BRUSSELS — Greece has made progress convincing the rest of the eurozone that it should get a $170 billion bailout — but the country's austerity efforts will need much tighter surveillance, the chairman of the eurozone's finance ministers said Wednesday.
During a 3½ hour conference call between the finance chiefs of the 17 countries that use the euro, the ministers received assurances from Greece that it had found a further $424.5 million in cuts on top of austerity measures already agreed.
They also welcomed written commitments from the leaders of the two Greek parties that make up the coalition government to implement promised cuts and reforms even after elections expected in April.
However, in a sign of the deep distrust that has built up — especially among rich euro nations like Germany, the Netherlands and Finland — Jean-Claude Juncker, the prime minister of Luxembourg who also chairs the finance ministers' meetings, said better surveillance mechanisms had to be set up before new aid could be released.
"Further considerations are necessary regarding the specific mechanisms to strengthen the surveillance of program implementation and to ensure that priority is given to debt servicing," Juncker said.
The statement appeared to be a reference to a Franco-German proposal to set up an account, separate from Greece's general budget, that would be dedicated to paying off Greece's massive debt. It was unclear whether this account would only manage the bailout money or whether government revenue could also be funneled into it.
Such an account would give the eurozone more control over what Greece does with its money, after the country has repeatedly missed budget, reform and privatization targets over the past two years. However, it would also constitute an unprecedented interference into the fiscal affairs of a sovereign state in Europe.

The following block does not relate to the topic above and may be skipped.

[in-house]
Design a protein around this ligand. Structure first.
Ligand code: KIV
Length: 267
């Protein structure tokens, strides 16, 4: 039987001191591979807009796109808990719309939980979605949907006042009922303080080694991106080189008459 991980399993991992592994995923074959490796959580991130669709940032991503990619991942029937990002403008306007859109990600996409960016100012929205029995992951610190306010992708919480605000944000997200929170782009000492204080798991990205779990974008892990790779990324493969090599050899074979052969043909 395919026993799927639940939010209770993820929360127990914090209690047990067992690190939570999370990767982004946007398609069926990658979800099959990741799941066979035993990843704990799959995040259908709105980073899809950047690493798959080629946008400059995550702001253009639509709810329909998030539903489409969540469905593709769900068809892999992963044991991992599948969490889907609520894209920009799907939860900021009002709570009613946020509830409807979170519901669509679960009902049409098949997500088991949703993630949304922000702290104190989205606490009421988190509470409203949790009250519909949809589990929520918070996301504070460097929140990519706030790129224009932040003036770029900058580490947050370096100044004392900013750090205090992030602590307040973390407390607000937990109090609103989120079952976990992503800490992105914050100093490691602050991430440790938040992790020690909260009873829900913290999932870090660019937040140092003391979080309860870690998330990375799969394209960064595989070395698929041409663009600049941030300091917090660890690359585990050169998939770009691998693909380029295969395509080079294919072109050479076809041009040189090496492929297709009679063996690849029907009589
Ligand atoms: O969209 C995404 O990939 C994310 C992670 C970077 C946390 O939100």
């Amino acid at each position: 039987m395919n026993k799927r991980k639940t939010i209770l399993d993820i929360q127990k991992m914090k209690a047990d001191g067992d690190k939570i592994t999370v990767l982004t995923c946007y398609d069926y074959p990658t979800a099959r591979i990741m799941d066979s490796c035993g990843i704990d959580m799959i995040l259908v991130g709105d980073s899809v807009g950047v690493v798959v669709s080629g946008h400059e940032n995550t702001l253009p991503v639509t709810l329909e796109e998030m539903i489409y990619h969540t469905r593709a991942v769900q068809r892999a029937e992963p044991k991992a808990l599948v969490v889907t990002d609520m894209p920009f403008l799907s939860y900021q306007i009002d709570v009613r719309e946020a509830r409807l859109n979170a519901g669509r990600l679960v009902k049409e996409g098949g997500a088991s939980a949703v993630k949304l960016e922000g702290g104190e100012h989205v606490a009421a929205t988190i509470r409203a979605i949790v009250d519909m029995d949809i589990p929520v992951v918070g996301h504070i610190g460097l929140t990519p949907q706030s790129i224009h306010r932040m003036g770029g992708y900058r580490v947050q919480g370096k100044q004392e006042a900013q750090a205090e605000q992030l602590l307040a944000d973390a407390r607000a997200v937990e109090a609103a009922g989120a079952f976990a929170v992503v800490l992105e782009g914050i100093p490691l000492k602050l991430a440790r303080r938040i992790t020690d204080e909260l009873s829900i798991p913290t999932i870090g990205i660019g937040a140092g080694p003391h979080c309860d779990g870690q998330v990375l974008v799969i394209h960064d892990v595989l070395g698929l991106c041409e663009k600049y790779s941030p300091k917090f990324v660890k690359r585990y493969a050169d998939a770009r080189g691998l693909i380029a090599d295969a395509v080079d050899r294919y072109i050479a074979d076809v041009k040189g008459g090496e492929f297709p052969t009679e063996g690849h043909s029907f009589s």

The European Commission, which is in charge of economic surveillance in the European Union, is now working on a specific proposal for such an escrow account, which will be present to the ministers at a meeting on Monday.
A German government official described the conference call as "intense and at times very technical." He said the participants received information on some of the debated topics only minutes before the call started, "which because of the short notice couldn't be verified and evaluated in detail."
The official said no minister challenged the idea that surveillance had to be strengthened and that paying off Greece's debts should have priority. He was speaking on condition of anonymity to discuss the confidential discussion between ministers.
The finance ministers held their conference call amid doubts in some countries over whether the $169.8 billion package of rescue loans, which comes on top of a $143.6 billion rescue granted in May 2010, can ultimately save recession-ridden Greece.
Yet, despite rumors that the bailout could be delayed until after the elections, Juncker said he expected the finance ministers "to be able to take all the necessary decisions" at their next meeting on Monday.
The second bailout is also tied to a $130.6 billion debt-relief deal with bondholders, under which the private creditors will swap the bonds they hold for ones with lower values and longer maturity dates.
Greece does not have much time to secure the bailout and implement the bond swap with investors because it risks defaulting on a $18.9 billion bond redemption in late March.
In Athens, Greek Finance Minister Evangelos Venizelos said all the issues concerning covering this year's austerity targets were clarified during Wednesday's conference call.
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